As Covid-19 disease reaches more countries and new reported cases continue to rise, public anxiety will increase and add more uncertainty for investors. Beyond efforts to contain the outbreak, we expect countries to intensify their fight against this highly contagious disease. We think significant insights can be gained by studying China’s experience in combating Covid-19.
The outbreak first started in China in December 2019. Following the government’s decisive actions, available data suggest that the coronavirus has now been largely contained. The economic and social costs of these measures are unfolding, but the actions have been effective.
Some observations from China’s experience with Covid-19 are:
Key ongoing challenges for China are:
Profound changes in consumer and business behaviors taking place during the outbreak may have lasting consequences. Social distancing has become a key operative word in the time of Covid-19, driving accelerated adoption of e-commerce, telecommuting and online entertainment. Also, the virus has increased awareness of the need for preventative health care as well as health and life insurance. The short-term negative impact on the global economy and capital markets could be significant. To eventually win this war, we need an effective treatment for and vaccine against the Covid-19 and this may take some time.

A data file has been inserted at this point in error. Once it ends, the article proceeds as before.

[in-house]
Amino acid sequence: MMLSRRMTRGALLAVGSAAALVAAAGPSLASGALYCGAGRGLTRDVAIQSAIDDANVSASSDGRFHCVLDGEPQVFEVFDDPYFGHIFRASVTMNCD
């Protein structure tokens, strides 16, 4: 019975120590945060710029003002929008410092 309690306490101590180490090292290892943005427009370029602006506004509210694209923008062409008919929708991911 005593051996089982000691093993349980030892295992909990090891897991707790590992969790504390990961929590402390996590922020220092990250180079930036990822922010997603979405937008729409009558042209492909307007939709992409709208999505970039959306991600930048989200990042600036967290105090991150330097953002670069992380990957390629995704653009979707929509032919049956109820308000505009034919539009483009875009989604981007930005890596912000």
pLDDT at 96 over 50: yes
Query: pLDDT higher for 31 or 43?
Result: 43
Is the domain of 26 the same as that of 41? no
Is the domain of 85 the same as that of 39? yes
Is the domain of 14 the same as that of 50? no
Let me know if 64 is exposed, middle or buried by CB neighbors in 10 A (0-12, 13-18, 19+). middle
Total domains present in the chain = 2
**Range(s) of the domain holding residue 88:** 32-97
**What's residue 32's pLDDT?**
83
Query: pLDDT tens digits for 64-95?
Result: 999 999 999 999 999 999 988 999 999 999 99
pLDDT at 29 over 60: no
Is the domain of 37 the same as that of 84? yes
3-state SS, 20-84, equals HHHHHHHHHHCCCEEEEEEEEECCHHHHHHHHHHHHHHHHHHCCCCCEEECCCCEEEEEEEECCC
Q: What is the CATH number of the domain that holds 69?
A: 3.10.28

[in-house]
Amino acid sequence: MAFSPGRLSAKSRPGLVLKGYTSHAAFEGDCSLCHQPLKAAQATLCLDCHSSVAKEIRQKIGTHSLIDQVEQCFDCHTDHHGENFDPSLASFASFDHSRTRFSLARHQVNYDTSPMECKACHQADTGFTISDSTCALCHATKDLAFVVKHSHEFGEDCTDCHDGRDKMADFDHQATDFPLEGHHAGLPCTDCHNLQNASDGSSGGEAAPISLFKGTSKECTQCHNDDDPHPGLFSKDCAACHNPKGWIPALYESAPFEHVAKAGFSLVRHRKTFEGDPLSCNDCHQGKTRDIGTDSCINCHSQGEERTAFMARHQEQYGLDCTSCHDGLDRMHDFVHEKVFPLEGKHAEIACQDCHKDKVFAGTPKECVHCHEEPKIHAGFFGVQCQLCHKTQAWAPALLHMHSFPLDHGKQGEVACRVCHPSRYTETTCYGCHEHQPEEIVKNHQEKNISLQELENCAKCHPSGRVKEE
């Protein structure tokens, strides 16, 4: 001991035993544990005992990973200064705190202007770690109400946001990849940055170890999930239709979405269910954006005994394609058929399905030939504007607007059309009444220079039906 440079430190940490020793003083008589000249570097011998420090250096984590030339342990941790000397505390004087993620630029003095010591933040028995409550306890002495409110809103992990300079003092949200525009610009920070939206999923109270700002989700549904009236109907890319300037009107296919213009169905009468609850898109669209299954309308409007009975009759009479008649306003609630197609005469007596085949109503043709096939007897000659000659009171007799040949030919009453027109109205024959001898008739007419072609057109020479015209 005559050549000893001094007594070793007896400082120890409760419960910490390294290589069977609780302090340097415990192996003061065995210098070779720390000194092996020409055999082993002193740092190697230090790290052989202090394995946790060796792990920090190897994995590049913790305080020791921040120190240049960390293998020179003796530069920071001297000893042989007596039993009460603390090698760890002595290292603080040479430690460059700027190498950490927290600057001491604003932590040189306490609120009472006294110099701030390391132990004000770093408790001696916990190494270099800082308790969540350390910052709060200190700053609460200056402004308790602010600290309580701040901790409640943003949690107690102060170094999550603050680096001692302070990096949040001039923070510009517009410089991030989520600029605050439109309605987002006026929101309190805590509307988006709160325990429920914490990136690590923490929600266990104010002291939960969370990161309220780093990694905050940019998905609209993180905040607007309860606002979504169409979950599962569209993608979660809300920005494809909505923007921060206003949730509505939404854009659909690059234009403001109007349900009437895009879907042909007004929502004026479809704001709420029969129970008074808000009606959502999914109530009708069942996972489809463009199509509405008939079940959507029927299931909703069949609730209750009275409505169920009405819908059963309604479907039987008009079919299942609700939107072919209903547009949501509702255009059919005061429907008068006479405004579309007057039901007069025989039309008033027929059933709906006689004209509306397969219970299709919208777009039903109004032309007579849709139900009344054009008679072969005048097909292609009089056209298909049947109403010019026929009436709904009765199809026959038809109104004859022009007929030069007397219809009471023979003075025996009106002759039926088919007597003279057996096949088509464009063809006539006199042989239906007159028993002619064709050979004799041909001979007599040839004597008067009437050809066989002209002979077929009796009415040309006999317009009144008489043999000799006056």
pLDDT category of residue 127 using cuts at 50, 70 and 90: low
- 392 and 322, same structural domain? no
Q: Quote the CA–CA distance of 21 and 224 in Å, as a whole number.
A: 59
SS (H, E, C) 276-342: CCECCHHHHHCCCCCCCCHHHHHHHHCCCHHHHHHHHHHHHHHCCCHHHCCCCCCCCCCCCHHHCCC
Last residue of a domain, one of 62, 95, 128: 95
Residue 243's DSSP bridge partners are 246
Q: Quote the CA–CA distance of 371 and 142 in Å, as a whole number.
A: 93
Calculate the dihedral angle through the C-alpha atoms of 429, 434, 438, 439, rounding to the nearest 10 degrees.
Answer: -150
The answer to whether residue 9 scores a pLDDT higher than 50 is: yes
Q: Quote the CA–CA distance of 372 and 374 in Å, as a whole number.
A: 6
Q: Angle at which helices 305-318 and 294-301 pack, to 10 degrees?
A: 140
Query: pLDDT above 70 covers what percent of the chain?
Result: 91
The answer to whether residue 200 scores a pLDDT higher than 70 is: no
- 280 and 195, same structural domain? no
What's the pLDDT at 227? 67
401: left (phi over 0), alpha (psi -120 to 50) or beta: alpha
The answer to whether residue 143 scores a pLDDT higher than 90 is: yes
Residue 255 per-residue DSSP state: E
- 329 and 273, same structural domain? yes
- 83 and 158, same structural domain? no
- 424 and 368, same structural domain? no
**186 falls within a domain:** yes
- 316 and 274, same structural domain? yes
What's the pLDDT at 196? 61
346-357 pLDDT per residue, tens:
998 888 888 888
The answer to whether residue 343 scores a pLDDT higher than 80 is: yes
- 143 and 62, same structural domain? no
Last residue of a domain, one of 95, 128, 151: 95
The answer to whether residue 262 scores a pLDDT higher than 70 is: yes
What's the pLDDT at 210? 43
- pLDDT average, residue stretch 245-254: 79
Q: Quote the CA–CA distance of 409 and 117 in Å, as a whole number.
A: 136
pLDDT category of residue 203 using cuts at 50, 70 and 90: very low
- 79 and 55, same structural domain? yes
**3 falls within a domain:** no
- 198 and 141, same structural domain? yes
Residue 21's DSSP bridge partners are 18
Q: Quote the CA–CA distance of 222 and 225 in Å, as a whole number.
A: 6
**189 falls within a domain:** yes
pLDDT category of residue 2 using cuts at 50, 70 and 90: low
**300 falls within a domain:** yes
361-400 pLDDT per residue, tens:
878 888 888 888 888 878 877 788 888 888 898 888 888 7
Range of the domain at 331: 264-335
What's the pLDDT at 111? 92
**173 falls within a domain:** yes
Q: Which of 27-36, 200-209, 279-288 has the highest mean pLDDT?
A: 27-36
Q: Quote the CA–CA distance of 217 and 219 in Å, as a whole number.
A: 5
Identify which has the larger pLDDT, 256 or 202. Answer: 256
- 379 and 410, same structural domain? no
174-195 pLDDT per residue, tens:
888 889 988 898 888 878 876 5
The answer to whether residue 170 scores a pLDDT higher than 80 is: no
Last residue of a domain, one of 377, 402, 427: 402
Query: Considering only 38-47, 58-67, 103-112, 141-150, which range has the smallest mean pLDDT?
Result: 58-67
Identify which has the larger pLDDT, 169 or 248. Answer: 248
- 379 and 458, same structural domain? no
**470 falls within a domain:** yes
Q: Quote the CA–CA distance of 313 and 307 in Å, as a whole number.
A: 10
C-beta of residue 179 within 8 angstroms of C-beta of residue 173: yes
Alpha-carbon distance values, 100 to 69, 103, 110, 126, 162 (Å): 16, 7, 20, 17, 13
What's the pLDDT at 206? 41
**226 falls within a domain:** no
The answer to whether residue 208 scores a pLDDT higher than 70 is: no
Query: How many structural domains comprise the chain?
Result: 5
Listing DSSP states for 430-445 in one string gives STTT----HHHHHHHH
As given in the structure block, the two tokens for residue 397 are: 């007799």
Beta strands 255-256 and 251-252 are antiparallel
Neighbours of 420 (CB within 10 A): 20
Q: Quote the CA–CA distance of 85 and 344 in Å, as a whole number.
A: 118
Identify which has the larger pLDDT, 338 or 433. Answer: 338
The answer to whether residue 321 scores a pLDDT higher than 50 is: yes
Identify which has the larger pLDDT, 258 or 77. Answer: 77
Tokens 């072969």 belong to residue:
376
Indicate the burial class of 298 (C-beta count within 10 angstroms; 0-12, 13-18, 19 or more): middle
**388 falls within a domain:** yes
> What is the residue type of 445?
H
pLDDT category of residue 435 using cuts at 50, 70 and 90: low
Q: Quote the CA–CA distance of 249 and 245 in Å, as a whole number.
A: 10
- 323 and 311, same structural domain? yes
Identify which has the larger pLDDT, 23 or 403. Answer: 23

From an investment viewpoint, China looks to be in a better spot compared with most other countries. As the first country going into the war against Covid-19, China has managed through the initial surge phase of the outbreak and containment now looks achievable. The Chinese economy has taken a huge hit, but high-frequency economic activity data to date, such as coal consumption, suggests there is a gradual yet steady recovery in economic activity as the outbreak is contained.
In contrast, most other large economies are just beginning to recognize and take on the tough fight against Covid-19. The transient nature of the virus’ economic impact along with expectations of continued policy support may also be contributing to China’s outperformance in the MSCI Emerging Markets benchmark.
As active fundamental emerging market investors, we believe that excess returns above that of passive index can be achieved through a disciplined investment process that aims to identify long-term winners among all the listed companies.
There will be winners and losers among sectors and industries in the war against Covid-19. Among the losers we see travel & leisure, transportation and energy. Among winners are e-commerce, online entertainment and health care. Higher-quality companies with more resilient business models and stronger financial positions will likely emerge from this crisis in a better position to deliver returns for shareholders.
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